I think the average on-looker thinks this way

Ladies who are educated about their hair probably know that there are various reasons to wear weaves and the like....but unfortunately those that do for "good" reasons are given a bad name by those that do for the "wrong" reasons....
 

anon123

Well-Known Member
Well, it is unusual, statistically speaking, isn't it? Can't be offended by that. Whether it's actually possible for black women to grow long hair is distinct from that.
 

Lucky's Mom

New Member
Well, it is unusual, statistically speaking, isn't it? Can't be offended by that. Whether it's actually possible for black women to grow long hair is distinct from that.

I agree - I don't think it is offensive.... It is just the way it is for us....People don't think we can grow long hair. Obviously this is a myth.
 

Marand13

Well-Known Member
I will never understand why people think the way they do about this subject. Especially bald head black women. I know plenty of women who dont have any hair and are quick to tell me what I need to do with mine.
Nobody hardly ever sees my hair and when they do they go crazy about how long and pretty it is and ask what I do. When I tell them do they ever listen.:nono: I have been telling my kids aunt to DC and moisturize her daughters hair for five years now why are her and her daughter still dry as the desert! :wallbash: I hate seeing that.
My 3yr old has more hair than them!
People like that are the reason why "black women cant grow their hair".

Another thing about me, people think I dont have hair because its always put away under a wig/weave/phony pony/braids/ect... They always ask "why, you dont need it" when they see my hair. Why dont people believe or understand protecting their hair will help it grow. (sorry if I offended ne1)
 

hunnybunny81

New Member
I will never understand why people think the way they do about this subject. Especially bald head black women. I know plenty of women who dont have any hair and are quick to tell me what I need to do with mine.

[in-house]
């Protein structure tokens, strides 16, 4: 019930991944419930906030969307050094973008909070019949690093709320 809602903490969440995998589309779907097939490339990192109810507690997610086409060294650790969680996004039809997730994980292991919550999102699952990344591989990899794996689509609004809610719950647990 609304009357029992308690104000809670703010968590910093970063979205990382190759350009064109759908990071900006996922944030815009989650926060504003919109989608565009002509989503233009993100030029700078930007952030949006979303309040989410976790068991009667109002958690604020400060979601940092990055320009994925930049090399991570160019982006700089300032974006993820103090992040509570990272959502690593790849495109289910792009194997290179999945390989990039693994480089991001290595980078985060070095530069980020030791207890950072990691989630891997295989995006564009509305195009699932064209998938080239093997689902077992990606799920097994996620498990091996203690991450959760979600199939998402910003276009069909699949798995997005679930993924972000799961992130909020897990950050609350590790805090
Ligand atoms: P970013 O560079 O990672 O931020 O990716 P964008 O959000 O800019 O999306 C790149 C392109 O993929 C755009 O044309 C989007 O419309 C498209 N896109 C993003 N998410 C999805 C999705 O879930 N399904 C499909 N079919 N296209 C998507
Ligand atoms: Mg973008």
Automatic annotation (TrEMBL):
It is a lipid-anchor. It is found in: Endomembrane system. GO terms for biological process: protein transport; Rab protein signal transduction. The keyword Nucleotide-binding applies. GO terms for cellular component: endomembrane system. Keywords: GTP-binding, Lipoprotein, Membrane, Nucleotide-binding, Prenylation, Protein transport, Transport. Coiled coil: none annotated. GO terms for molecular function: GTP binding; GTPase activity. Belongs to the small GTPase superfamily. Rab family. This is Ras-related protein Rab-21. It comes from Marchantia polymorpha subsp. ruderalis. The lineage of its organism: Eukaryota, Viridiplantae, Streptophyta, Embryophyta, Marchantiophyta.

Nobody hardly ever sees my hair and when they do they go crazy about how long and pretty it is and ask what I do. When I tell them do they ever listen.:nono: I have been telling my kids aunt to DC and moisturize her daughters hair for five years now why are her and her daughter still dry as the desert! :wallbash: I hate seeing that.
My 3yr old has more hair than them!
People like that are the reason why "black women cant grow their hair".

Another thing about me, people think I dont have hair because its always put away under a wig/weave/phony pony/braids/ect... They always ask "why, you dont need it" when they see my hair. Why dont people believe or understand protecting their hair will help it grow. (sorry if I offended ne1)

As I said in my post, people are conditioned to associate wigs,weaves,phony-ponies with not being able to grow hair...so when they come across people like yourself who use them for protective styling and have in fact, HEALTHY REAL hair underneath they go :huh:

They aren't educated about hair and don't understand that using protective measures is a way to help grow and retain hair....they lump weave wearers into the "can't grow hair" category and the sad thing is the average person just doesn't differentiate....
 

ladylibra

New Member
Part of that stems back to history when we are taught that even the nobility did not wash much and they wore powdered wigs etc. Underneath, their hair was often very wretched looking and they had somethimes had fleas and half bald scalps and all kinds of scalp 'ailments', generally caused by poor nutrition and poor hygiene.

wow this is a good point, i forgot all about that. i'm gonna start bringing this up to other black women who don't wash frequently... makes for a good argument. :yep:

Another thing about me, people think I dont have hair because its always put away under a wig/weave/phony pony/braids/ect... They always ask "why, you dont need it" when they see my hair. Why dont people believe or understand protecting their hair will help it grow. (sorry if I offended ne1)

the only women i knew that wore weaves didn't have any hair, and so i wrongly assumed only "bald-headed" women wore them. i knew a girl in high school with long hair that she always kept weaved up... i didn't get it at first either. then i started noticing she always got weaves with funky colors and stuff too, and styled the heck out of it. it started to make sense then. whenever she wore her own hair out, it was usually in a braid or some other simple (protective) style, and she'd keep it like that until she got another weave in. :yep:
 

aja1121

Well-Known Member
What did she say when you told her it was all your hair? I would find her comments insulting, but then again some people say and do things to purposely get under the skin of others :ohwell:

I couldn't find her comments too insulting at all because it is what she is used to; I work with some wigged up-weaved up to the tailbone chicks. I did say to her that since moving to Philadelphia 6 years ago, I noticed that more women in Philly and the surrounding areas opt to wear wigs and weaves more so than the women in the Baltimore/DC area.